How does BPD affect relationships?

Many people with BPD often have many short-lived relationships. This could be due to:

  • They purposefully break off relationships for fear of their partners doing it
  • Their partners not being comfortable with the challenges that come with dating a person with BPD
  • Unrealistic expectations in relationships
  • A simple argument can trigger an emotional rollercoaster
  • They idolize and devalue people quickly

Despite all these factors, a relationship with a person with BPD is not impossible. Treatment, combined with a positive support system, can help you find stability in managing your emotions and in your relationships. Better coping mechanisms will help you react to situations in a way that will not harm you or your partner.

Reasons people with borderline personality disorder break up with you.

Instability

BPD relationships are riddled with instability because of BPD symptoms. For example, a person with a borderline personality disorder may shift from idealizing (holding their partners in high regard) to devaluing them when reality sets home that anyone can make mistakes, even when meaning well. 

Another cause of instability is the shift from needing constant attention to total isolation. As a result, persons in a relationship with a partner with a borderline personality disorder may not know what to expect from their partners. A constant state of instability can eventually result in a break-up.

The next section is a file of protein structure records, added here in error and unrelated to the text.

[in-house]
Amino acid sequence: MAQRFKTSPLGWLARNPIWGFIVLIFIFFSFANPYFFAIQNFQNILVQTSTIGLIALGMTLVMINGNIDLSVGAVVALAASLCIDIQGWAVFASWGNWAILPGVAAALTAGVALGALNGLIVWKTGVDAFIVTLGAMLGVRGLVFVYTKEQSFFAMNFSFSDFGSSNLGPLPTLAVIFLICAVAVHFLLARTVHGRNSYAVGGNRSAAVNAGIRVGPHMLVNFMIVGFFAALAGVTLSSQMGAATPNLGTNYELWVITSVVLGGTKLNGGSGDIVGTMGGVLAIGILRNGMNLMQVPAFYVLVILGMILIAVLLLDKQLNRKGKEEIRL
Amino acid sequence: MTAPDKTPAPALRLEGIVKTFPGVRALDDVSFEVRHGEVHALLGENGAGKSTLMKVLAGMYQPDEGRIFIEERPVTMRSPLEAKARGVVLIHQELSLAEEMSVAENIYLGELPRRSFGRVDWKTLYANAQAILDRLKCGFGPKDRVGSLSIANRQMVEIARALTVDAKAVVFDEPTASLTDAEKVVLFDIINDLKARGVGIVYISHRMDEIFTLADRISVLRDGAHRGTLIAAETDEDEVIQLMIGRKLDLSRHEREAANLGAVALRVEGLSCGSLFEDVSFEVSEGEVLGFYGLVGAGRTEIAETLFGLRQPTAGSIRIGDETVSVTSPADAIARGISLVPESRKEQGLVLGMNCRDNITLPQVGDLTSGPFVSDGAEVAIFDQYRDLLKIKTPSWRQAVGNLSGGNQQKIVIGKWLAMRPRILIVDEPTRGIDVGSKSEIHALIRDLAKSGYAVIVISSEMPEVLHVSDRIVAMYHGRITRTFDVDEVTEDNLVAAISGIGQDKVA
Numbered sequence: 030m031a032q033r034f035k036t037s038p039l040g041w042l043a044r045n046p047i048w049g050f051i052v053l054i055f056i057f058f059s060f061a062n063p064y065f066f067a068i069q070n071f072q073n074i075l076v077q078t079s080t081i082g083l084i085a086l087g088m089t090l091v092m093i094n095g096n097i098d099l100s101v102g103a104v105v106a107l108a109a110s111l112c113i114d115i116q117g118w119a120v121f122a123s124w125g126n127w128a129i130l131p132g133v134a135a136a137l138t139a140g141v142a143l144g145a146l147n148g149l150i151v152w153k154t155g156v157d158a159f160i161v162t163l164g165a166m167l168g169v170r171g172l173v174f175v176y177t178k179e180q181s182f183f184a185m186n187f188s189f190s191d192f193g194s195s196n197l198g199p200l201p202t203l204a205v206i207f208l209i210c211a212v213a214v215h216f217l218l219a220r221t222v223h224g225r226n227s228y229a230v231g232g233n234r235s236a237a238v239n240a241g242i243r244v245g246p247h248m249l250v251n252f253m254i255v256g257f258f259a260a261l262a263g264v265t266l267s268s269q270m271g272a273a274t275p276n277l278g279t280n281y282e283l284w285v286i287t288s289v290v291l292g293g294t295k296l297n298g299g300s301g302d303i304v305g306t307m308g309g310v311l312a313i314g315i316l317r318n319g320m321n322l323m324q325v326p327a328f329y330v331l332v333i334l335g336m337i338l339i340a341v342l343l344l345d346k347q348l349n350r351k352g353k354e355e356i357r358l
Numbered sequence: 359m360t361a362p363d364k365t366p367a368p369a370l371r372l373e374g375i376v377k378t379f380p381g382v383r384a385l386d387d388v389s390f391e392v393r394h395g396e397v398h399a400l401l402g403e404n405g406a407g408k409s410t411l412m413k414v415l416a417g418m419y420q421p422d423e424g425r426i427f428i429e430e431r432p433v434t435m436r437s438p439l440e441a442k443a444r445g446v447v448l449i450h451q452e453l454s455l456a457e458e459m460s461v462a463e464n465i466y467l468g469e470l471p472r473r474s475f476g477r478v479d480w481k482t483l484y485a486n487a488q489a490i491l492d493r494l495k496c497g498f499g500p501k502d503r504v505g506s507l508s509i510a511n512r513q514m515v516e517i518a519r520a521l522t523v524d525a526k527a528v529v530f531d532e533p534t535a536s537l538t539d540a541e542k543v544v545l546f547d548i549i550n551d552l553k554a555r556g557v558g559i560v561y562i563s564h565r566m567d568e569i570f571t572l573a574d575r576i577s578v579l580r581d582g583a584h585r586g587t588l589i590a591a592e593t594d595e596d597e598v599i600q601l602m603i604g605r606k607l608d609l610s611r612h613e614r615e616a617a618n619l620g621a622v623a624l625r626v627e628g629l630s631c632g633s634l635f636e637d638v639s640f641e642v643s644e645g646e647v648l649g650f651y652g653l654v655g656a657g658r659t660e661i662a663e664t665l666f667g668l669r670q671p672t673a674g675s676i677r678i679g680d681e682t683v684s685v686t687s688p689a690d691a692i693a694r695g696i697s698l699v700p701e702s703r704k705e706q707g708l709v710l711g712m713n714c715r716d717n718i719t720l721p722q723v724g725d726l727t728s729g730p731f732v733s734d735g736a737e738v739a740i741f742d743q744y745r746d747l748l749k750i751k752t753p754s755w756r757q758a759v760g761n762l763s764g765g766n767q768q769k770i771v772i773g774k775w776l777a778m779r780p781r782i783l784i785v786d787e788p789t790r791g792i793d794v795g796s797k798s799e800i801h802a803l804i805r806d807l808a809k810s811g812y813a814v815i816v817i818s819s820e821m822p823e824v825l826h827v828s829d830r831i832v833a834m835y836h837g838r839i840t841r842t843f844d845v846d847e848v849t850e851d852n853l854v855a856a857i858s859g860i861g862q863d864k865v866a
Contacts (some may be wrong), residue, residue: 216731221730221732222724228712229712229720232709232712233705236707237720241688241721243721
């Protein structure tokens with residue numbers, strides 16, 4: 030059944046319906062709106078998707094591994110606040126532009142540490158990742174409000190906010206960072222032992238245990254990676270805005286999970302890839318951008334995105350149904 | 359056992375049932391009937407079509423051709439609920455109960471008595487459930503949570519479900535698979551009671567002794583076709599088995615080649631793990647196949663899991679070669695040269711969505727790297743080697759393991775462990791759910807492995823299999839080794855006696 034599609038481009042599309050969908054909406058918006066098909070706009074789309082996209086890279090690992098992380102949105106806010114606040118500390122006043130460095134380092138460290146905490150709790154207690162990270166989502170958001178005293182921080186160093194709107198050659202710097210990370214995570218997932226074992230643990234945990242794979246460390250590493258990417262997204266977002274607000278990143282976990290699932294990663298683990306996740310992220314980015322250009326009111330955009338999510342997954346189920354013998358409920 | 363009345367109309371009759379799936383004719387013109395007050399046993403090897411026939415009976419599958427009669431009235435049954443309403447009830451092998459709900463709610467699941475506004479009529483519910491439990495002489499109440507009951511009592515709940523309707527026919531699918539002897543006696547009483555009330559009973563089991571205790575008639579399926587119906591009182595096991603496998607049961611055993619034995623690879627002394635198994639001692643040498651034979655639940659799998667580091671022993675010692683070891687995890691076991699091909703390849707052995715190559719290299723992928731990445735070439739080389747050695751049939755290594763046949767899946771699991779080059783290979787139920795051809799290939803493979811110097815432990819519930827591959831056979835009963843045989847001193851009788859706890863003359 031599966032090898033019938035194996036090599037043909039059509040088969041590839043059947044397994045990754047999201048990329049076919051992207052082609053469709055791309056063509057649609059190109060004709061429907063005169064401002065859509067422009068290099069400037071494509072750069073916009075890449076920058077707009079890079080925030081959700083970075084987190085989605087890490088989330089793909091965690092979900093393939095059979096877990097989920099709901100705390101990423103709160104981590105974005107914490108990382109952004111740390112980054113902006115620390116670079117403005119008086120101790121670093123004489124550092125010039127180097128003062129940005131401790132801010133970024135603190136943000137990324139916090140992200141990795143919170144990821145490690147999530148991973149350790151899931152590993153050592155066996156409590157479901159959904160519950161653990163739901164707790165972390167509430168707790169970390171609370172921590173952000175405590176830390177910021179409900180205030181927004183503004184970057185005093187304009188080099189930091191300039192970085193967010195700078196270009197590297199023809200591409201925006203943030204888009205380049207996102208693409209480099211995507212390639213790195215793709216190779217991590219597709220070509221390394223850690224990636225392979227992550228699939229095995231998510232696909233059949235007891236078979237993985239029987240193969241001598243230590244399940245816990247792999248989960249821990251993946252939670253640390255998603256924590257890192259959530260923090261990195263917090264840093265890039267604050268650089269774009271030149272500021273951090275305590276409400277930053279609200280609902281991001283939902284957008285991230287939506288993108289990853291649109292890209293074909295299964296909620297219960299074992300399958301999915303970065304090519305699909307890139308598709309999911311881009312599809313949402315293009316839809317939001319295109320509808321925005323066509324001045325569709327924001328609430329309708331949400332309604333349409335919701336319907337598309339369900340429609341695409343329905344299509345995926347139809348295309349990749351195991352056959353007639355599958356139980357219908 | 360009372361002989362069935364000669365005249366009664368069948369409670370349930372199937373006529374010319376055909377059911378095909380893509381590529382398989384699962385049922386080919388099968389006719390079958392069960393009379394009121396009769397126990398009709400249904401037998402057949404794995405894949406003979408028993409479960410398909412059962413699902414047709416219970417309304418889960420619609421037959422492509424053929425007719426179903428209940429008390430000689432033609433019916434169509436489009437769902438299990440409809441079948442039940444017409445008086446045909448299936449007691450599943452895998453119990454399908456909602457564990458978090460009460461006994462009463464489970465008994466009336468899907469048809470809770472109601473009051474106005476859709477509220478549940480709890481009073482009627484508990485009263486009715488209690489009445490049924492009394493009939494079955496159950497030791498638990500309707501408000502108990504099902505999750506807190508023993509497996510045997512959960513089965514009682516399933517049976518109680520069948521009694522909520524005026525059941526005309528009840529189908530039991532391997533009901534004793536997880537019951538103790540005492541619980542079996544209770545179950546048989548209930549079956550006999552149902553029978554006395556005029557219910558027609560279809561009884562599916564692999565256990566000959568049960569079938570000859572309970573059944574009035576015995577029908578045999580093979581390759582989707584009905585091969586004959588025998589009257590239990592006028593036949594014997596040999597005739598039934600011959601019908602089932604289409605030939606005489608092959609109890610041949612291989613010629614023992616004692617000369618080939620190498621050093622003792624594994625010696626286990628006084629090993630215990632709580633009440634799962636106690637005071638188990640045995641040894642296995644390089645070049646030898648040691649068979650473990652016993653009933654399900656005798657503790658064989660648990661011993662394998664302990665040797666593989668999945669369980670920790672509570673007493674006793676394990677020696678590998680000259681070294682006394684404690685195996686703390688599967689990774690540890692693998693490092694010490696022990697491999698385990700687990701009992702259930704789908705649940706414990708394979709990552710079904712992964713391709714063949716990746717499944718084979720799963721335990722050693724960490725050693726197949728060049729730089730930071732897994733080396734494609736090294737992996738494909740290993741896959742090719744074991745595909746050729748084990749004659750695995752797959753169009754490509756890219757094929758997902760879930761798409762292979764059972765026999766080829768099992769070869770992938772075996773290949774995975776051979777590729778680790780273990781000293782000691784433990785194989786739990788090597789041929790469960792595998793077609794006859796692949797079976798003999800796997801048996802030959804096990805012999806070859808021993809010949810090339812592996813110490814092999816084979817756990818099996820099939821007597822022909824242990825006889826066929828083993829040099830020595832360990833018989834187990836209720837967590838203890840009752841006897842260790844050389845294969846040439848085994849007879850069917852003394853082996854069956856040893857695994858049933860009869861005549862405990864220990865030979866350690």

Lying

Because of the constant need for attention and fear of abandonment, lying can easily crop up ‌to get the attention of their partners or manipulate them to stay committed into the relationship if they perceive any signs of being abandoned.

Impulsive sexuality

This is a classic symptom of borderline personality disorder. It is not uncommon to find persons with borderline personality disorder struggle with sexuality issues such as early sexual experience, more partners and more casual sexual experiences. 

As a result, issues of infidelity ‌cripple the relationship and finally result in a breakup.

Mistrust